Review: 'Earthrise', by M.C.A. Hogarth
Maggie Hogarth sent me a review copy of Earthrise (she sends me review copies of all her books; hint! hint!) with a note that I might not want to review it for Flayrah since the main characters are a human and a Space Elf Prince, not Furries.
But there are plenty of bioengineered Pelted, and at least one genuine alien, as major supporting characters in this adventure set in her 25th century interstellar civilization. Hogarth has a lot of fans who read Flayrah, and who will not want to miss one of her Pelted Paradox novels. Earthrise is prominently labeled Book 1 of the “Her Instruments” trilogy, so expect it to end with more to come. Rose Point, Book 2, will be published late this year.
Reese Eddings (see the cover by Julie Dillon) is the human captain of the TMS Earthrise, a “rattletrap merchant vessel” that has been barely breaking even in United Alliance space. Six years ago, Reese was facing bankruptcy and the loss of her ship when a Mysterious Benefactor offered to cover her debts in return for a favor someday in the future. Reese has not been any more successful since then, and she has been dreading the return of that benefactor. When the latter does return, though, she does not want the money repaid, but for Reese and the Earthrise to rescue an “investigator” imprisoned on a non-Alliance planet, before he can be sold into slavery.
Reese dropped into the console seat and gaped. She’d never expected to see a real Eldritch in her lifetime. The race’s isolationism and xenophobia were so extreme they’d become a stock offering in her yearly romance subscription – Eldritch women learning to love despite their social conditioning! Eldritch men reluctantly learning to touch their alien lovers! Paintings of pale Eldritch in unfathomably silly costumes, drooping artistically in the arms of humans… that and the occasional flat photo in the u-banks were Reese’s only exposure to the people. The Eldritch didn’t leave their planet.
And yet here she was, about to fly off in search of one. (pgs. 6-7)
The two bipedals, Irene and Sascha, stopped working. Kis’eh’t, her stocky centauroid shape barely visible over the slope of the belt, continued pushing the bins.
‘What’s up, boss?’ Sascha asked, grinning. Unlike his twin sister, he did not wear socks on his tail or his feet.
Reese grabbed a bin and tossed it on the belt. ‘We have to pack it up and shove off immediately. We’ve been given a task.’
‘Oooh!’ Irene said, yellow eyes widening. ‘A contract? Finally?’
‘Did I say a contract?’ Reese said gruffly. ‘I said ‘a task.’’
‘She means we’re not getting paid for it,’ Sascha said.
Kis’eh’t snorted from the other side of the conveyor belt. ‘Someone must have held a palmer to her head, then,’ the Glaseahn said in her clipped accent.
‘Yeah, what’s the deal, Reese?’ Irene asked, folding her striped arms over her chest. (pgs. 8-9)
A few minutes later, there is a meeting of the entire crew:
Reese leaned back in her chair, letting her silence speak for her. As she expected, Bryer, the Phoenix, had nothing to say; the giant birdlike creature rested against the front of the chair, straddling it so as to give the full length of his metallic plumage unrestricted space.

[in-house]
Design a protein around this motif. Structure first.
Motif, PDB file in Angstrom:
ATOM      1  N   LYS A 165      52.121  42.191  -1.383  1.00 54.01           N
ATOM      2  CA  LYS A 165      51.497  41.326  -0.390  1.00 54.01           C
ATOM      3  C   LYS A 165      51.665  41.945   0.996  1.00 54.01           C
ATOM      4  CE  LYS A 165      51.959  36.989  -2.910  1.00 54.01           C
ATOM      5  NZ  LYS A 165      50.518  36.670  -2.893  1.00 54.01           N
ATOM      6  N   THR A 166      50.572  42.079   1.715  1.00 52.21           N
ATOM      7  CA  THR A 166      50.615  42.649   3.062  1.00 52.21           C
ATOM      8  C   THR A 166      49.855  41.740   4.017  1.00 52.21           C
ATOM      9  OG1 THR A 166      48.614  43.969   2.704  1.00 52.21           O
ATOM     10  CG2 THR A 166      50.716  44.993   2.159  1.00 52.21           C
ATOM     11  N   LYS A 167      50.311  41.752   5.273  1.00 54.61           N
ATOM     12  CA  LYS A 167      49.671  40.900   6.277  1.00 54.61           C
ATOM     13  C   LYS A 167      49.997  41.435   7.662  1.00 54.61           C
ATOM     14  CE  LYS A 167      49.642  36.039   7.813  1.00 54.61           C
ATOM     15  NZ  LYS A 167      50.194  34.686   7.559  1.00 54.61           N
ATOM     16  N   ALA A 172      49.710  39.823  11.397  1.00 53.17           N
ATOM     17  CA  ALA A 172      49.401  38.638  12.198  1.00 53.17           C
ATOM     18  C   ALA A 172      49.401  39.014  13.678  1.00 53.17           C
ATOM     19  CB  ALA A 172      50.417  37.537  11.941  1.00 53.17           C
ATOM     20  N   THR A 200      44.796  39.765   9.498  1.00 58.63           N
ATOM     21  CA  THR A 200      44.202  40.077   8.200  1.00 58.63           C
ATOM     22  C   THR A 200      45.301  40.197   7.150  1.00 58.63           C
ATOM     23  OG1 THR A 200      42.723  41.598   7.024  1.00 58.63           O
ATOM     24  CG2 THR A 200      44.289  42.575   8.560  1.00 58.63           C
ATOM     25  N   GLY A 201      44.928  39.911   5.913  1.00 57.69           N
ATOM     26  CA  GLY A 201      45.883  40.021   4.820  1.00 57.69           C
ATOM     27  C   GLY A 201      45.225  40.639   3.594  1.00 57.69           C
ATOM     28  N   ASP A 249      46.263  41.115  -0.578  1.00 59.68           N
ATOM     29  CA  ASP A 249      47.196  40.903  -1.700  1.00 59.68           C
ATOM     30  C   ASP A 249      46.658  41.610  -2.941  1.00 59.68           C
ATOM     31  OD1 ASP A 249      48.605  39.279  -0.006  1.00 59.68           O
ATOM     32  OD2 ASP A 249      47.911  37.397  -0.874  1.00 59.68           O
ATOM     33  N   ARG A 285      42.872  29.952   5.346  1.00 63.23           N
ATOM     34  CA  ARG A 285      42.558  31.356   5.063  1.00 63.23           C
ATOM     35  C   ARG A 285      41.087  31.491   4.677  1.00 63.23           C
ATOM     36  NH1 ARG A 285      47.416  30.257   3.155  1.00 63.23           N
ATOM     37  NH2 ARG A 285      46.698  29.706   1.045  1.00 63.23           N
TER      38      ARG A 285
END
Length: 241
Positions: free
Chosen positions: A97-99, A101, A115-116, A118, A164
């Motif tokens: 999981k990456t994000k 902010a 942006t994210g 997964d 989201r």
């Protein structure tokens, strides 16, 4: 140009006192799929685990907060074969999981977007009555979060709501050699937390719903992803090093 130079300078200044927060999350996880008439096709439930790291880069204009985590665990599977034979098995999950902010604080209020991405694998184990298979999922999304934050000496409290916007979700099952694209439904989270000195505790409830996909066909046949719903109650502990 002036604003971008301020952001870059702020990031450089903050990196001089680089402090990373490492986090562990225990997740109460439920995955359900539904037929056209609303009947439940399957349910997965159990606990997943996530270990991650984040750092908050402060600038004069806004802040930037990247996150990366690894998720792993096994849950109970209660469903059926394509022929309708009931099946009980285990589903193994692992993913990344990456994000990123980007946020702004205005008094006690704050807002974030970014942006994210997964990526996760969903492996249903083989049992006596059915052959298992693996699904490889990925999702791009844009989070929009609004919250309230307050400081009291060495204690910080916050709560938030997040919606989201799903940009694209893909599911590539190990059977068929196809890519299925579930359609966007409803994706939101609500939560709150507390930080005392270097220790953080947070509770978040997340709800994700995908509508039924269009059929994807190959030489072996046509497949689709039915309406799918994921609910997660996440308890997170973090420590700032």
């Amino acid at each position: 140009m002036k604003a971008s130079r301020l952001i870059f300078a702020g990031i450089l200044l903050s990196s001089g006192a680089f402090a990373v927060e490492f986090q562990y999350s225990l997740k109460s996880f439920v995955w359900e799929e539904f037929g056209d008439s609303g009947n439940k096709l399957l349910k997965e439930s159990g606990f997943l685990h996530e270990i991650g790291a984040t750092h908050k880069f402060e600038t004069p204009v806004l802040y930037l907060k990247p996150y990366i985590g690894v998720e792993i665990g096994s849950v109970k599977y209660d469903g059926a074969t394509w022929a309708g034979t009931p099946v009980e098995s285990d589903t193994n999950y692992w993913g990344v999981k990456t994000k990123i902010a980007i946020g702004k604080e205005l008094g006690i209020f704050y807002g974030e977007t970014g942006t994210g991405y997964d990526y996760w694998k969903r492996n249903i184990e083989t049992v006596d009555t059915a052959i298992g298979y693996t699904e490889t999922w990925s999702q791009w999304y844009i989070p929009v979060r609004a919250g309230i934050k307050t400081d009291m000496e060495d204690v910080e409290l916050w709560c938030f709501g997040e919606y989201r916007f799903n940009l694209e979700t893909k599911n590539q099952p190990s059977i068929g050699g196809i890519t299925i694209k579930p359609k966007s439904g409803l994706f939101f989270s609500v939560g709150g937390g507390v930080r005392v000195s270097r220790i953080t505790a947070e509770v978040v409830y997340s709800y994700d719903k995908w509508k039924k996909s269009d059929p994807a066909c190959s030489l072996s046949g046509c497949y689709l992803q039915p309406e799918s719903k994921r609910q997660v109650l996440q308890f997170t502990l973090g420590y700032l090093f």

Kis’eh’t, while obviously perturbed, did nothing beyond wrinkle her dark, furry brow and lay back her feathered ears. She had more limbs than all of them: two black arms, four black and white legs, and two stunted leathery wings protruding from her second, horizontal back. And a tail, black with two white stripes running down it, which currently flicked against the cool floor.
The round ball of fluff on the table between the Phoenix and the Glaseahn only ruffled part of its neural fur, turning from ivory to rosy peach in places. (p. 10)
Irene and Sascha are Harat-Shar, also called tigraines; Kis’eh’t is a Glaseahn; Bryer is a Phoenix; and the round ball of fluff is Allacazam, a Flitzbe.
Earthrise is a well-written, typical example of space opera, in three parts. Reese and her crew are captured by space pirates; imprisoned with the Eldritch that they are supposed to rescue, Hirianthial Sarel Jisiensire, who is a doctor; escape together; get into a running space battle with pursuing pirates; and have a medical emergency where Hirianthial’s aid is crucial. And that is just in the first part. Hirianthial becomes a permanent member of the Earthrise crew, of course. Parts 2 and 3 … well, as Monty Python says, “And now for something completely different!” Part 2 is a “peaceful” interlude on Irene and Sascha’s homeworld of Harat-Sharii. In part 3, Reese takes a contract on the far side of the Alliance to get away from the slaver and pirates, and runs into unexpected new troubles of a different kind. The Pelted crew have major roles throughout; the Furry reader will not be disappointed.
Reese says at the end, “‘After that… who knows? I guess we’ll go wherever sounds most interesting.’” (p. 401) Remember, Earthrise is the first volume in a trilogy.
In addition to a space opera, as the cover implies, Earthrise is a romance. Reese fights furiously in all senses of that word to remain independent, as a tramp spaceship captain and as a woman; but from the moment that Hirianthial comes on stage, the reader knows that he and Reese are destined to Become One.